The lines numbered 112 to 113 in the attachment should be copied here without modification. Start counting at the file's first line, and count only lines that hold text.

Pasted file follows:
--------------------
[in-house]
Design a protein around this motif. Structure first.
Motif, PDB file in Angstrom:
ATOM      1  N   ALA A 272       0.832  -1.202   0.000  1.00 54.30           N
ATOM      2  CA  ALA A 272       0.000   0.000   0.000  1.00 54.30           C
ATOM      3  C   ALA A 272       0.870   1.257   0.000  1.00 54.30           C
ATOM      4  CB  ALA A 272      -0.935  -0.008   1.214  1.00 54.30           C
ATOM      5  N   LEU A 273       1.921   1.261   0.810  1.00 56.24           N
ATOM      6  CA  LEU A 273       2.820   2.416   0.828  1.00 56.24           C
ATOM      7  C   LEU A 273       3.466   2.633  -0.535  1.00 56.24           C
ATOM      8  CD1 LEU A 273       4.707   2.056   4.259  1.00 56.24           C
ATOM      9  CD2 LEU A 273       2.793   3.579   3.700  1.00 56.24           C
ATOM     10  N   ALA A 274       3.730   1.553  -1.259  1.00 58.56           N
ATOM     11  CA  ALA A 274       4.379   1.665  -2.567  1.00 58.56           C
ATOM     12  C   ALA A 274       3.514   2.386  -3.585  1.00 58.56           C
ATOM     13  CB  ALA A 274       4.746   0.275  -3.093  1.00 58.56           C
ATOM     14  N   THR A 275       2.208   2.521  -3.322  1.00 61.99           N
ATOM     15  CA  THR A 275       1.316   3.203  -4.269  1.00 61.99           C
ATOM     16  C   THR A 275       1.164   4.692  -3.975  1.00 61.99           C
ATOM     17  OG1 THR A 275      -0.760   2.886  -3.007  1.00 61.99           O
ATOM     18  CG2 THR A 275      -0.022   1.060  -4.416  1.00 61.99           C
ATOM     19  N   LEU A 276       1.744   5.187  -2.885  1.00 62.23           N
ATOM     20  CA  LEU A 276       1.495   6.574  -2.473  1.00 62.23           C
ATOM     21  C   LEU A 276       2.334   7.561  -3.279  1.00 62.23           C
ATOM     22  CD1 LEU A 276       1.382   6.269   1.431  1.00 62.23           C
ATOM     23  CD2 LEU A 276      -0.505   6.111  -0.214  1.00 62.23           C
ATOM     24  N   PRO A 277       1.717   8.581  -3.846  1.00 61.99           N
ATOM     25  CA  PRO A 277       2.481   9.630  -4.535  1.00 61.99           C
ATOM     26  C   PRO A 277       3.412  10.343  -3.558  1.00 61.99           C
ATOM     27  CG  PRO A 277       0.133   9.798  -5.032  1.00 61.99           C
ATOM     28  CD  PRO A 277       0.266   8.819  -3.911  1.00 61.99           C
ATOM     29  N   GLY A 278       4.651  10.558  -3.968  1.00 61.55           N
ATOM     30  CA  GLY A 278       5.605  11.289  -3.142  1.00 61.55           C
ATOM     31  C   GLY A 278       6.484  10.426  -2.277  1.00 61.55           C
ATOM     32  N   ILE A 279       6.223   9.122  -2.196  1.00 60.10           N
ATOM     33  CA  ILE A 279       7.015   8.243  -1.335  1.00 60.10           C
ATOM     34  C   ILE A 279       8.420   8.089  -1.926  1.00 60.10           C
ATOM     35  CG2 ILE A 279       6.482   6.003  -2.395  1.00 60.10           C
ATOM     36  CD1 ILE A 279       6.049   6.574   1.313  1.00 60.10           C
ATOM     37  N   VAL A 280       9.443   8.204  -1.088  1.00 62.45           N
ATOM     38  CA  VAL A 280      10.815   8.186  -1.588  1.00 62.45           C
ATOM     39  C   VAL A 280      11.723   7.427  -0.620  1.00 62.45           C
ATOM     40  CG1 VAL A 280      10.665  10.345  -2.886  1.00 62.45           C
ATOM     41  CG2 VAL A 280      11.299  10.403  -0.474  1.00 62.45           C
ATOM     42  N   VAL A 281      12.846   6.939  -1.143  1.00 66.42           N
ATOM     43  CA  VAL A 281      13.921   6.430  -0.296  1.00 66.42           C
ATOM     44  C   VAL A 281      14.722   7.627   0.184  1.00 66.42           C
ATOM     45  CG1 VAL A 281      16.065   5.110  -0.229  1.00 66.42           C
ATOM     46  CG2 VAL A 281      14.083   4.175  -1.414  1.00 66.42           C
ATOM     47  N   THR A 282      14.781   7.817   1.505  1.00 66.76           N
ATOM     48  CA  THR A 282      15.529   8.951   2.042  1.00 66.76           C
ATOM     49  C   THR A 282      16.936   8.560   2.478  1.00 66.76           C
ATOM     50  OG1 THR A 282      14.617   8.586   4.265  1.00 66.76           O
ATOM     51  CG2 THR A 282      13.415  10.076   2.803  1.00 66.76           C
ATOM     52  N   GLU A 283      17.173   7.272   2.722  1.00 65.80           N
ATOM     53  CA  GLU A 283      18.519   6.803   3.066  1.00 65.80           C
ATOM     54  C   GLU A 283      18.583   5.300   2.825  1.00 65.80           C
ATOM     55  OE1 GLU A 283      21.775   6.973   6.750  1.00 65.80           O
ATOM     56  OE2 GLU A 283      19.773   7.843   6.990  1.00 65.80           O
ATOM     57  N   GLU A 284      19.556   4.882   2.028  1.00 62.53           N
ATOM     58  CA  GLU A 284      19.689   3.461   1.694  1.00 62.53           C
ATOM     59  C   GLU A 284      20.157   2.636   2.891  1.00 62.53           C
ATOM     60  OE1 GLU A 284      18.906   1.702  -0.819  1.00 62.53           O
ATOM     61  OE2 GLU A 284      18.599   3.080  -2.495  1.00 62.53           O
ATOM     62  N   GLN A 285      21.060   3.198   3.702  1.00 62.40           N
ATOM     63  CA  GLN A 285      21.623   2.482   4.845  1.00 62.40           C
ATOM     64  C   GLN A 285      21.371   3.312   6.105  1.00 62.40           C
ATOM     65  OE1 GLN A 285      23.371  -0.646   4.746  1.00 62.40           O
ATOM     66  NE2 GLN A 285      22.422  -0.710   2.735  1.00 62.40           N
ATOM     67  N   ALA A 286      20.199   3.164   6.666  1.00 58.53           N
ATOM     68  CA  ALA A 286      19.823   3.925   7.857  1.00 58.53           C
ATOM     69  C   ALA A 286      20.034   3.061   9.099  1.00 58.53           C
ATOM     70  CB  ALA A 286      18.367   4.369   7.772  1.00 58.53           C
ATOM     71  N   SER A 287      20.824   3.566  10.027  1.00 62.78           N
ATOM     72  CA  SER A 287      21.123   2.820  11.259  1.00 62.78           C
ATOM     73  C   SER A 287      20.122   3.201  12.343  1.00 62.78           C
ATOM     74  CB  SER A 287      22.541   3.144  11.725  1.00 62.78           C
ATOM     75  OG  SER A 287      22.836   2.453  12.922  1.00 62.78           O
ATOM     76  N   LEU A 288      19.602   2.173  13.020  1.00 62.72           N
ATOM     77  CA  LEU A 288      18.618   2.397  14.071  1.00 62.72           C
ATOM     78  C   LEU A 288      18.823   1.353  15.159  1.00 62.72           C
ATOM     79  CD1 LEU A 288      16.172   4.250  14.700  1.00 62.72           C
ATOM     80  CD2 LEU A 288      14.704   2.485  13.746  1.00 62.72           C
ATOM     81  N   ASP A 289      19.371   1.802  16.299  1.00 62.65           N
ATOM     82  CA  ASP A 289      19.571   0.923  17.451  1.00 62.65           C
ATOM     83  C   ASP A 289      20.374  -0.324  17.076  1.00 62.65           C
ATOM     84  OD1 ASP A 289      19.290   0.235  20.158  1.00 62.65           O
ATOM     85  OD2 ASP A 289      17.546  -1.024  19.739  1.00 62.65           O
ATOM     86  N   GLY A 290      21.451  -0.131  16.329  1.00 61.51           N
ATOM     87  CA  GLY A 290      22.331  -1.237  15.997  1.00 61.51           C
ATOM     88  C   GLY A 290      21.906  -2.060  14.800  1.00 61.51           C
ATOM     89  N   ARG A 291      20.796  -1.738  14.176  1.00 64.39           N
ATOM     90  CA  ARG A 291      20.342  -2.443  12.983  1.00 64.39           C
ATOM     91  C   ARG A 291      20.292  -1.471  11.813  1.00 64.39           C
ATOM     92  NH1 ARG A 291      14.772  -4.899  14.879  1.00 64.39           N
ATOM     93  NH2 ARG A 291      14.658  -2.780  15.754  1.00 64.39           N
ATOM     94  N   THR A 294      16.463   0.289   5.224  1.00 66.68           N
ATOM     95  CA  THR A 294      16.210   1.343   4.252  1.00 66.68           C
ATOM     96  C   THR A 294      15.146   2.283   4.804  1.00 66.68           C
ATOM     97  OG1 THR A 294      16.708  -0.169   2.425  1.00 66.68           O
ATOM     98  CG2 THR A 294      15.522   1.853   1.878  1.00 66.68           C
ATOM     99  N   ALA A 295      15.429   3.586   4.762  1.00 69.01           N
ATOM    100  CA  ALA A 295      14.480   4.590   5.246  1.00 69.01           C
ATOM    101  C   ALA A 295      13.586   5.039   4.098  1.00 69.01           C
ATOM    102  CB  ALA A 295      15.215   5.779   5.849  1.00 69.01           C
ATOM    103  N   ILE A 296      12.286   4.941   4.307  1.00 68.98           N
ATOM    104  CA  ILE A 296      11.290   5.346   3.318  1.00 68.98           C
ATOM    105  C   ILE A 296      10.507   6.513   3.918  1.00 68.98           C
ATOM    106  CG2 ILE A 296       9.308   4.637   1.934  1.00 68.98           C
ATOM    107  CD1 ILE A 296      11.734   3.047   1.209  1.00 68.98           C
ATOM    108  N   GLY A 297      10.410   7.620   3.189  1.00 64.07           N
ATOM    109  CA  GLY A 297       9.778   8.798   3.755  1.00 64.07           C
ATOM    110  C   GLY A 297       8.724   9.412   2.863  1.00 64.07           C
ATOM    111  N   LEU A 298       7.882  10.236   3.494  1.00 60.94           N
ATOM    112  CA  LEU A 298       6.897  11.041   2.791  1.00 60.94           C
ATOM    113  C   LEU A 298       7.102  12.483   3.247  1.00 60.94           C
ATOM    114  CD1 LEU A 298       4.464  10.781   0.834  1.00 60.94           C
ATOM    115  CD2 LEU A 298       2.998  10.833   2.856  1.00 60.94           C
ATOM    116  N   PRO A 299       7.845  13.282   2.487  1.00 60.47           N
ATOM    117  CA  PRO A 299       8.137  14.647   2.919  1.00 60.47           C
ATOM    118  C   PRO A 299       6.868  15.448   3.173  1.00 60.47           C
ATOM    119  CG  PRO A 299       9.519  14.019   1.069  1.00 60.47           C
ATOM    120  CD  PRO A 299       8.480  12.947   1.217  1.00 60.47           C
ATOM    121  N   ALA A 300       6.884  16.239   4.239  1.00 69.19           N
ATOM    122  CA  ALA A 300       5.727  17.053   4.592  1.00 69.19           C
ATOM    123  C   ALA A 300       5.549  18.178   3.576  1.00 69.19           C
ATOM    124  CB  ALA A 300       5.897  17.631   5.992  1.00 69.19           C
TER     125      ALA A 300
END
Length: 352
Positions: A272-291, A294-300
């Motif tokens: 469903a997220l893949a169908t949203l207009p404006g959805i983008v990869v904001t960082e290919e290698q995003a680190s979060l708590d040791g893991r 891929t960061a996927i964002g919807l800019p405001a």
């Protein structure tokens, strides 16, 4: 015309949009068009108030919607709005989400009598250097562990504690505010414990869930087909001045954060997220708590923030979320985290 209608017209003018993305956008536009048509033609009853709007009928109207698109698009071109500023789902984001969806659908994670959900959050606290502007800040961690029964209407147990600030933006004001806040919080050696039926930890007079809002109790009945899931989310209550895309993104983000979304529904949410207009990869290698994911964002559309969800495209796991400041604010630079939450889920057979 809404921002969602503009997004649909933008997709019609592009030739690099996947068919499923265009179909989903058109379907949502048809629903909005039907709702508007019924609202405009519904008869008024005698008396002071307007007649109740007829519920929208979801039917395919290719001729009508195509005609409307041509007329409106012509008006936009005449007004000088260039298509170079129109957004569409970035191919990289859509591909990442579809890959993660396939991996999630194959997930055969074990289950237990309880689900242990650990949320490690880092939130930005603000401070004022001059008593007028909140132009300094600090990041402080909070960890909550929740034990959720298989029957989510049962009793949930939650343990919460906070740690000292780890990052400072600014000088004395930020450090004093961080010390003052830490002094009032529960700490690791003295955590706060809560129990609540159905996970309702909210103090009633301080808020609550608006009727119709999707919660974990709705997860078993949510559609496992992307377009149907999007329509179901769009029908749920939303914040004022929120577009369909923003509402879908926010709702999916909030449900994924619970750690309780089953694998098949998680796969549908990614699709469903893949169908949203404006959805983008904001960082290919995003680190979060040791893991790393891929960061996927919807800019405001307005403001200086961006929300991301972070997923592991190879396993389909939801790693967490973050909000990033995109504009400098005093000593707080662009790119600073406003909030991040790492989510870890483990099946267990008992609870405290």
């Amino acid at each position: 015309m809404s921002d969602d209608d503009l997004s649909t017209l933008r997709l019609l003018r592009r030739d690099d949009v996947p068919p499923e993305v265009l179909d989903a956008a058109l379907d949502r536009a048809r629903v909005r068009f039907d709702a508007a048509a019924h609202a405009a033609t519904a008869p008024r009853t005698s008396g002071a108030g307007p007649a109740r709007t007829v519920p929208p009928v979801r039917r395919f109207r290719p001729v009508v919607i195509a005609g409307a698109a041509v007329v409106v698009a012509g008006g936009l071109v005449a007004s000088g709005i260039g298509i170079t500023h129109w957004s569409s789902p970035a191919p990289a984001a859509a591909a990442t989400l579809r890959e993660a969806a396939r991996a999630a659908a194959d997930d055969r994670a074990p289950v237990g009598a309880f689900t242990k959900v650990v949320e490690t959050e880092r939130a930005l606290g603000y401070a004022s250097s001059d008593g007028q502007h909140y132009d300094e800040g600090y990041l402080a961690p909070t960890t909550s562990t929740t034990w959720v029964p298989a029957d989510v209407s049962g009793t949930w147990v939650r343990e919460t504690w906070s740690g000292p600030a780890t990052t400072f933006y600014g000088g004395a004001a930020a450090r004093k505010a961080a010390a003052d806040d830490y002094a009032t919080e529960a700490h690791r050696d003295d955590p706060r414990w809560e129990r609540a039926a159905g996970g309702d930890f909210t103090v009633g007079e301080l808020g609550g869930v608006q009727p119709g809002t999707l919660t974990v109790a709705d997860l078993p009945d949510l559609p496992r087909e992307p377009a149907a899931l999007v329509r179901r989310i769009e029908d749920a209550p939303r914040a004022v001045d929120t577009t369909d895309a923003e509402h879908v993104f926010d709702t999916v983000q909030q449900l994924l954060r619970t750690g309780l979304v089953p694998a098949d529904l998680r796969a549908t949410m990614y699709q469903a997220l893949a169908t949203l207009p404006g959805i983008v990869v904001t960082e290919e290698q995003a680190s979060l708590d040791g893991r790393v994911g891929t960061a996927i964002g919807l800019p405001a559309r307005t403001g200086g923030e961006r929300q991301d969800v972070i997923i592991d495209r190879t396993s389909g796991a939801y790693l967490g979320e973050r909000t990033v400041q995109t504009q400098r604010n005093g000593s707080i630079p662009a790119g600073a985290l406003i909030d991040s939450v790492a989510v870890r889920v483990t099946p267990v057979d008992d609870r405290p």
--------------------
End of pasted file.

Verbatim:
ATOM    109  CA  GLY A 297       9.778   8.798   3.755  1.00 64.07           C
ATOM    110  C   GLY A 297       8.724   9.412   2.863  1.00 64.07           C